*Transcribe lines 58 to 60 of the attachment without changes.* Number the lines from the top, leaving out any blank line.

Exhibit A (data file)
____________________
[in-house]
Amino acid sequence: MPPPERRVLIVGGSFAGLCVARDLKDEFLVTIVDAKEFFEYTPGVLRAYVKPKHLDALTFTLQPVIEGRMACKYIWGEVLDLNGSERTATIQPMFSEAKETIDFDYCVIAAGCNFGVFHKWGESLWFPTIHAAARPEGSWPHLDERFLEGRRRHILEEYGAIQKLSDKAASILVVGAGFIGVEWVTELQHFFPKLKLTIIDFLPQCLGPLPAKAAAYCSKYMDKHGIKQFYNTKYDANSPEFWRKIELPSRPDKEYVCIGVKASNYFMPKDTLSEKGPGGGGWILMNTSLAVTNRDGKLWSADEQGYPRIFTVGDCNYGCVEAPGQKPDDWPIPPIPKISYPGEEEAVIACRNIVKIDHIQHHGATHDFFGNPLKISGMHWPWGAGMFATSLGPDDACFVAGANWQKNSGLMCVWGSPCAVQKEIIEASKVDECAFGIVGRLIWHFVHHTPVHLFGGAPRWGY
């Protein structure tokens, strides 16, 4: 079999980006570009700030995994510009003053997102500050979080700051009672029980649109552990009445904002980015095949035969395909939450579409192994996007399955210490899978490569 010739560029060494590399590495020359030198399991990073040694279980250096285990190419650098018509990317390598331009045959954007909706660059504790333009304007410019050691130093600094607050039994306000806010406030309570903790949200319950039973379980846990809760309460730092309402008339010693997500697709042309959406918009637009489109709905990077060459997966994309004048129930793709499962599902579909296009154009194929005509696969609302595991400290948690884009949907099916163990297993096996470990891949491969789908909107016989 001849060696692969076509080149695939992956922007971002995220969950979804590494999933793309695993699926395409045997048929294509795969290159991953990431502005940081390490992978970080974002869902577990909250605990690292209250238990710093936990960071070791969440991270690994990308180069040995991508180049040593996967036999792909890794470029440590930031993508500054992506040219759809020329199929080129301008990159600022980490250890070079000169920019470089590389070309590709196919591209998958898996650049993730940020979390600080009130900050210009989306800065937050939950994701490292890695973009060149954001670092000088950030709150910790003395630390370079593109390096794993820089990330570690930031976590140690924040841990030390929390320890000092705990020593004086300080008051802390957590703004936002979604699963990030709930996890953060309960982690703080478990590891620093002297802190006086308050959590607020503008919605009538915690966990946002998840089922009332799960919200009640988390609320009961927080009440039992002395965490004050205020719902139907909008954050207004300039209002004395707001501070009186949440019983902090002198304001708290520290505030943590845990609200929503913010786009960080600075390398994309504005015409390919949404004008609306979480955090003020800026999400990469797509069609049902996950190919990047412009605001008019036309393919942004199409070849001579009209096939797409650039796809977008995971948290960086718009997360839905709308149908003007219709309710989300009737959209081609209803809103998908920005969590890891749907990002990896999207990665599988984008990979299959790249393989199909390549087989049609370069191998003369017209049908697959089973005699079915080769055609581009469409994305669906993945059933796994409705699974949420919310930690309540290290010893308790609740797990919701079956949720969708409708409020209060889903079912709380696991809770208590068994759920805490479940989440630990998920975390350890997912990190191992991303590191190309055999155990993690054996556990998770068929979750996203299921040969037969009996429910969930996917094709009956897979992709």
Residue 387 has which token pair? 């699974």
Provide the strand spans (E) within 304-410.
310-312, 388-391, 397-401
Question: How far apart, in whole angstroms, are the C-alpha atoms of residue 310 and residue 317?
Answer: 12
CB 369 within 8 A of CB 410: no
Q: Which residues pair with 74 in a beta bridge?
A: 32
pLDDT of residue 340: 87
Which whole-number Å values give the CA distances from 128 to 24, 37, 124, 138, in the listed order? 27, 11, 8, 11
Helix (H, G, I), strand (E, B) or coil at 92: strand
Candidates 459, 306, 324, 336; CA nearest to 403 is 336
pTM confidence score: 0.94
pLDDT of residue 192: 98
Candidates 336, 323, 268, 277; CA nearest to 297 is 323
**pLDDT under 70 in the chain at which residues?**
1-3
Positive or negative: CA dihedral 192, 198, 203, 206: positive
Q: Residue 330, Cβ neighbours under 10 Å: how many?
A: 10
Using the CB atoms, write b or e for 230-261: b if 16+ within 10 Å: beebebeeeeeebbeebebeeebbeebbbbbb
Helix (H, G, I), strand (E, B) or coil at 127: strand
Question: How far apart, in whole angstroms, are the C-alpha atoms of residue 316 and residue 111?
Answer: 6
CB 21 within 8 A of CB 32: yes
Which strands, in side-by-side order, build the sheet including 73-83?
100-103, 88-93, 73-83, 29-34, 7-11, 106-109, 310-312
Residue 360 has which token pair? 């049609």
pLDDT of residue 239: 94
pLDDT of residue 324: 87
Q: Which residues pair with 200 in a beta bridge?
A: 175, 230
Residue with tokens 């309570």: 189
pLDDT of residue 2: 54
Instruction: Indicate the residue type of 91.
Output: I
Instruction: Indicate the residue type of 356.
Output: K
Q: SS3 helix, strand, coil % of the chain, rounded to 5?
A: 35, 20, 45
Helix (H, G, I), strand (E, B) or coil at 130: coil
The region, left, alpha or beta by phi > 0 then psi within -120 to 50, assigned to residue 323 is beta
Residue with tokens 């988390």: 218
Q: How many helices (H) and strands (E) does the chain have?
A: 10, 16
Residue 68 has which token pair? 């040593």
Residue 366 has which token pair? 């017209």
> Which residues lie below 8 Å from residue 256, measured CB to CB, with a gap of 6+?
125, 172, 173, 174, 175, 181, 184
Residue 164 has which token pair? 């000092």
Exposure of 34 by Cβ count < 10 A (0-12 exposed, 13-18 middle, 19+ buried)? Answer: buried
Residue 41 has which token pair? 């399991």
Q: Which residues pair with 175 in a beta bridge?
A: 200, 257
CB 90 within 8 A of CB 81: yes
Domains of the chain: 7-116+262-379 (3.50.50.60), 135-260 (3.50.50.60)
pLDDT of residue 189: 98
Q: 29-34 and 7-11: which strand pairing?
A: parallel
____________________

CB 90 within 8 A of CB 81: yes
Domains of the chain: 7-116+262-379 (3.50.50.60), 135-260 (3.50.50.60)
pLDDT of residue 189: 98